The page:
UK Prime Minister Boris Johnson is to announce £3bln of extra funding for the National Health Service (NHS) in a bid to alleviate public concerns over the government’s preparedness to deal with a possible second wave of COVID-19 this winter, reports The Guardian.
The funds, made immediately available to NHS England, are reportedly to go towards keeping the emergency Nightingale hospitals open until March, while delivering on the Prime Minister’s promise to elevate testing capacity to 500,000 daily.
“The prime minister is clear that now is not the time for complacency, and we must make sure our NHS is battle ready for winter,” a No 10 spokesperson was cited as saying.
Will the Extra Funds be Enough?
Dr. Jason Oke, a senior statistician at the Nuffield Department of Primary Care Health Sciences, University of Oxford, believes the recent forecast that the UK risks 120,000 deaths this winter in a possible resurgence of COVID-19 has prompted the government to promise additional funding for the NHS so that it can prepare for a worst case scenario, but raised questions regarding how it will be invested.
“The question however, is whether this money would be better invested elsewhere in social care so that the most vulnerable can be protected rather than building capacity in ventilators and emergency hospitals that were hardly used,” says Jason Oke.
Commenting on the £3bn in extra NHS funding announced by Boris Johnson, Siva Anandaciva, chief analyst at The King’s Fund think-tank, focusing on projects covering NHS funding, finances, productivity and performance, acknowledges this is a substantial sum, greater than the £400-700 million NHS services were granted in previous years to cope with winter pressure, but said it would most likely be called for under the current grave circumstances.
“Extra funding for NHS services will help maintain the extra capacity that was put in place over recent months – including extra beds and staff across NHS hospitals, Nightingale Hospitals and the private sector. But to maintain and improve care for patients it is equally important that financial support is provided for social care services so that the health and care system has the funding and staff they need,” says Siva Anandaciva.
Roadmap to Recovery
The news comes as the next stage of the government’s “roadmap” to recovery is to be detailed by Johnson at a Friday press conference. Eased guidelines are also expected regarding safety of social contacts amid the pandemic, writes the outlet.
Amid persisting public fears over a potential second wave of the respiratory disease, with data showing use of public transport at a lower level than anticipated since lockdown was eased, the government is seeking to aid economic recovery by urging people to increasingly return to their workplaces.
“What I want to see is people now who have been working from home for a long time, talking to employers, talking to their place of work, about the steps that have been taken, and looking to come back to work in a safe way,” Boris Johnson was quoted as saying earlier in the week.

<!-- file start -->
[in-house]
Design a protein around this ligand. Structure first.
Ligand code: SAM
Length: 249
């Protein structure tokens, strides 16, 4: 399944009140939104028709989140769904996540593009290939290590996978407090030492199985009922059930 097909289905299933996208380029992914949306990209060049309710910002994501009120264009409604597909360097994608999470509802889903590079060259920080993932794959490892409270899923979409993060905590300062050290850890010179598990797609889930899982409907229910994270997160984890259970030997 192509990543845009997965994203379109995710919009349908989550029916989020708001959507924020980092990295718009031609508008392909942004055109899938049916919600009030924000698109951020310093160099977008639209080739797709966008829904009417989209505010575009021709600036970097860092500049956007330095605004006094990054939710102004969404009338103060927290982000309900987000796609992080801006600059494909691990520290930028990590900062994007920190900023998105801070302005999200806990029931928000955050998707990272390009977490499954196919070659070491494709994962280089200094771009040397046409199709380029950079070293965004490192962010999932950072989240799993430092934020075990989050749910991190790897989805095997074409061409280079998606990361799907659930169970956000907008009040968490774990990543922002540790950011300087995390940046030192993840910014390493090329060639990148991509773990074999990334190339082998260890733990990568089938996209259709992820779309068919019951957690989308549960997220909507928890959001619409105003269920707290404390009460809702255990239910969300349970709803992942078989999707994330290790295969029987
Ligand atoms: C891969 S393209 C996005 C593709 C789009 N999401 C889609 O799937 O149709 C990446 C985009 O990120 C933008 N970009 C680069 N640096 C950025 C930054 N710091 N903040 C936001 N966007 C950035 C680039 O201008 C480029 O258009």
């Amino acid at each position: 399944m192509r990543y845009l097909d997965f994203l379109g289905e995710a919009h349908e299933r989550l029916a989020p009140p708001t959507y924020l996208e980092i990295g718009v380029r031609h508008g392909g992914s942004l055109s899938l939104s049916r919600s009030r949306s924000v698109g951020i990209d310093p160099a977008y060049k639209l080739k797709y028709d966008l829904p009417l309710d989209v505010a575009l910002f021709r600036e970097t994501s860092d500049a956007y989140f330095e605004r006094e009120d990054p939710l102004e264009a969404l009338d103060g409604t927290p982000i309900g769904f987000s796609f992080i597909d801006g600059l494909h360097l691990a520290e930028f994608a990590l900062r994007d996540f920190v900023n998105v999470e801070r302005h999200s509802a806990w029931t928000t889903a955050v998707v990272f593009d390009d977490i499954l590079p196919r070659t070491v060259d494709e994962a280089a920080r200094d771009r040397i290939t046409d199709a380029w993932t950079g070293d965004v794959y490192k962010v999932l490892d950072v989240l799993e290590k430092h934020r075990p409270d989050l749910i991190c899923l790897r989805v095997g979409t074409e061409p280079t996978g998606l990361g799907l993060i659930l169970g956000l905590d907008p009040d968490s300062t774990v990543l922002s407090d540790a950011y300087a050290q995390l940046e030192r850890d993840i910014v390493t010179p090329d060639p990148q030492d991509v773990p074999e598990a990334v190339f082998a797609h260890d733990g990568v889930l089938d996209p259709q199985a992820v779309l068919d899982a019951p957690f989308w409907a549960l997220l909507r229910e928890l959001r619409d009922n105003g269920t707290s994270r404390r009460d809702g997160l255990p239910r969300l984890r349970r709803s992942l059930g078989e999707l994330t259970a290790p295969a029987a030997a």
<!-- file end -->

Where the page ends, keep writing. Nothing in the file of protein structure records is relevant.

To encourage public transport use, officials are reportedly working on a banding system to suggest quieter times to use services, as Bank of England Governor Andrew Bailey told Tory MPs on 15 July that a “fear” of commuting was “holding back the recovery”, according to the Daily Telegraph.
In an effort to reassure shoppers, Secretary of State for Health and Social Care Matt Hancock announced on 14 July that face masks in shops and supermarkets would be mandatory from 24 July.
A fine of up to £100 faces those failing to comply with the rules that children under 11, those with certain disabilities, and people working in shops will be exempt from.
Hancock earlier dismissed reports that there were plans to make face coverings mandatory for office workers in the UK.
"It is something we've looked at and rejected," he said.
Hancock is also reportedly planning expansion of flu vaccinations as a means of relieving the burden on the NHS from illnesses not related to COVID-19.
‘Big Effort Ahead’
In what appears to be in conflict with Boris Johnson’s hopes to bring workers back into offices, the government’s chief scientific adviser, Sir Patrick Vallance, told MPs on the Science and Technology Committee he saw "no reason" to reverse the policy of advising people to work from home if possible.
"We're still at a time when distancing measures are important and of the various distancing measures working from home for many companies remains a perfectly good option," said Vallance.
Vallance also acknowledged that there was a need for a big effort ahead of a possible resurgence of the virus in the autumn.
“It’s fully understood, and it needs to be acted on… As an adviser I can’t make that happen. But I think it’s important that it does happen,” said Vallance.